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2/15/2004

May divorce be with you

By Rob Lowman
Entertainment Editor

As Miles Massey, divorce lawyer extraordinaire in the Coen Brothers' offbeat comedy "Intolerable Cruelty," George Clooney's lips never seem to stop moving. Even in the dentist office - where we're first introduced to him - he's on his cell phone barking orders despite the fact that his mouth is propped open and his gleaming white teeth are bathed in ultra-violet light.

Known for his iron-clad document, the Massey prenup ("It has never been penetrated"), the fast-talking, emotionally cool attorney soon meets his match in the delicious Marilyn (Catherine Zeta-Jones), who has the goods on her adulterous and very rich husband Rex Rexroth (Edward Herrmann). When Massey is hired by Rex to defend him, he finds himself smitten with Marilyn. But being the shark that he is, he still deviously manages to win the case as he pursues her. Marilyn, however, stymies him by immediately finding another rich husband, who, being the shark that she is, she intends to take to the cleaners.

"Intolerable Cruelty" has all the earmarks of a classic screwball comedy, with its witty dialogue and fast pace. But it's filtered through the Coens' unapologetic love of characters who will stumble through life until they fall flat own their faces - undone by their own greed or laziness or some other failing.

Like their other films - "Fargo," "The Big Lebowski," "O Brother, Where Art Thou?" - "Intolerable Cruelty" has a heightened, stylized tone, but it's often right on target, a funny valentine to those who have misplaced their hearts.

"Intolerable Cruelty" (Universal; $26.98) includes a making-of featurette, wardrobe featurette and outtakes.

Not-so-sweet Holmes

You wonder if the story of porn star John "Wad" Holmes and his involvement in the brutal murder of four people in 1981 needed to be told on screen. Ably and at times inventively directed by James Cox, "Wonderland" never tries to understand or illuminate its unseemly subject matter. Instead it relies upon a fascination with the perverse scene of drug dealers, porn stars and grisly killings.

And on that level it succeeds, mostly because of the excellent cast and the "Rashomon"-style storytelling that Cox utilizes. The details of the crime in which five people were viciously attacked with lead pipes in a house in Laurel Canyon (one survived) has never been agreed on. Both Holmes and a nightclub owner, Eddie Nash, were acquitted of the crime, although Nash later (2000) pleaded guilty to a conspiracy count. Holmes (played by Val Kilmer) says he was coerced into helping Nash and his cohorts gain entrance to the Wonderland Avenue residence. But Holmes was a notorious liar and had a cocaine habit.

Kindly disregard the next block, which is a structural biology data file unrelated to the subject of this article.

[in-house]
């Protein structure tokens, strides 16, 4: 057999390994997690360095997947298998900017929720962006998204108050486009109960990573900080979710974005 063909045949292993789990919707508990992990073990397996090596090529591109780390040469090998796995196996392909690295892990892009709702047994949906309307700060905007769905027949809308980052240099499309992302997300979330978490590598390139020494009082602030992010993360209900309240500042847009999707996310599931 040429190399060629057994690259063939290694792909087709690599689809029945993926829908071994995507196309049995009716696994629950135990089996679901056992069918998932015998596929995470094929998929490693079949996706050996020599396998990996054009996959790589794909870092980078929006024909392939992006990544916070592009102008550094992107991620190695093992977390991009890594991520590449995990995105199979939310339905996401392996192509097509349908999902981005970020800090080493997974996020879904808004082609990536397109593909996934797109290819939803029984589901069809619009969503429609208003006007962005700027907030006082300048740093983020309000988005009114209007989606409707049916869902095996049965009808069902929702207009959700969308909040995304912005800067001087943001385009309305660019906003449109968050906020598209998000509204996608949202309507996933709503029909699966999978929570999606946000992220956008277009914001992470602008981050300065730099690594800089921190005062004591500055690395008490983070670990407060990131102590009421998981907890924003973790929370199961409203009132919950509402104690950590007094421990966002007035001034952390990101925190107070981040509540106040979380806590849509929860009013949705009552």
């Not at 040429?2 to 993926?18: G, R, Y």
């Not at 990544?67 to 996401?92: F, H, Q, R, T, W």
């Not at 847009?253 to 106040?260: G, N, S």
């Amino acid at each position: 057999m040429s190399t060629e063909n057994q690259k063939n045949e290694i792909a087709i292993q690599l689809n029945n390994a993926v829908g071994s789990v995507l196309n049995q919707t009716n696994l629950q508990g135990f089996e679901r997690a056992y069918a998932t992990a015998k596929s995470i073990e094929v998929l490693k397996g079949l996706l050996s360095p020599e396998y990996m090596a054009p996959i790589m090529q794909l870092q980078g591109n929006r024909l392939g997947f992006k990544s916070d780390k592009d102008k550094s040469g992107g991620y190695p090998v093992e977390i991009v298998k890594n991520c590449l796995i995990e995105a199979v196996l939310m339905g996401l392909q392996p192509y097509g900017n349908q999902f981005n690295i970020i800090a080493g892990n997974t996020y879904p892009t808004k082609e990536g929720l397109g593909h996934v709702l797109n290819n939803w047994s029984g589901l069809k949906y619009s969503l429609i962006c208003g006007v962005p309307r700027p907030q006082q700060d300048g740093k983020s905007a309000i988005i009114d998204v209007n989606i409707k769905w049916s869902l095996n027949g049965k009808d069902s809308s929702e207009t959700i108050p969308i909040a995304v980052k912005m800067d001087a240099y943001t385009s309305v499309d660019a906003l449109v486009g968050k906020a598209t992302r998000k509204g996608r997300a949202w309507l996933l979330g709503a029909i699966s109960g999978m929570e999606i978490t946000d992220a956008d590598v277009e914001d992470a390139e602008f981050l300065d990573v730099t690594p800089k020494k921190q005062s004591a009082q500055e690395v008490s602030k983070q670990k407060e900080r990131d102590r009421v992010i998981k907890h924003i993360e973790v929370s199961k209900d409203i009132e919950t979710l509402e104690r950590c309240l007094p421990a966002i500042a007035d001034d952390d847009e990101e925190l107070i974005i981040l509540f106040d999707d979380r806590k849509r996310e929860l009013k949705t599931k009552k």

Some of Holmes' bizarre life is woven into the narrative. For one thing, the porn king, who in the '70s had become well-known beyond the adult entertainment industry, had never divorced his estranged wife, Sharon (effectively played by Lisa Kudrow), even while living with his underage girlfriend, Dawn (Kate Bosworth). If you're really interested, there is a documentary, "Wad," that's part of a special-edition DVD of "Wonderland."

In one scene, Sharon tells John that their life together ended when he decided to go into porn. Yet she never could divorce him or cut him off from her life. She says she never understood why, which she confirmed in the documentary. Viewers of "Wonderland" may not understand why they are watching it.

"Wonderland" (Lions Gate; $26.99 for the regular edition) includes commentary by James Cox, deleted scenes, LAPD crime-scene video and the autopsy report.

Director's 'Cut'

Jane Campion's "In the Cut" has a number of disquieting moments, from its graphic sexual depictions to its graphic crime scenes and grotesque dream sequences.

Sex and violence are so intertwined in "In the Cut" - the story of Frannie (Meg Ryan), a New York City writer and teacher, while a serial killer is on the prowl - that the film plays out like a twisted hallucination. Some of the images will get under your skin, but many of them are repellent.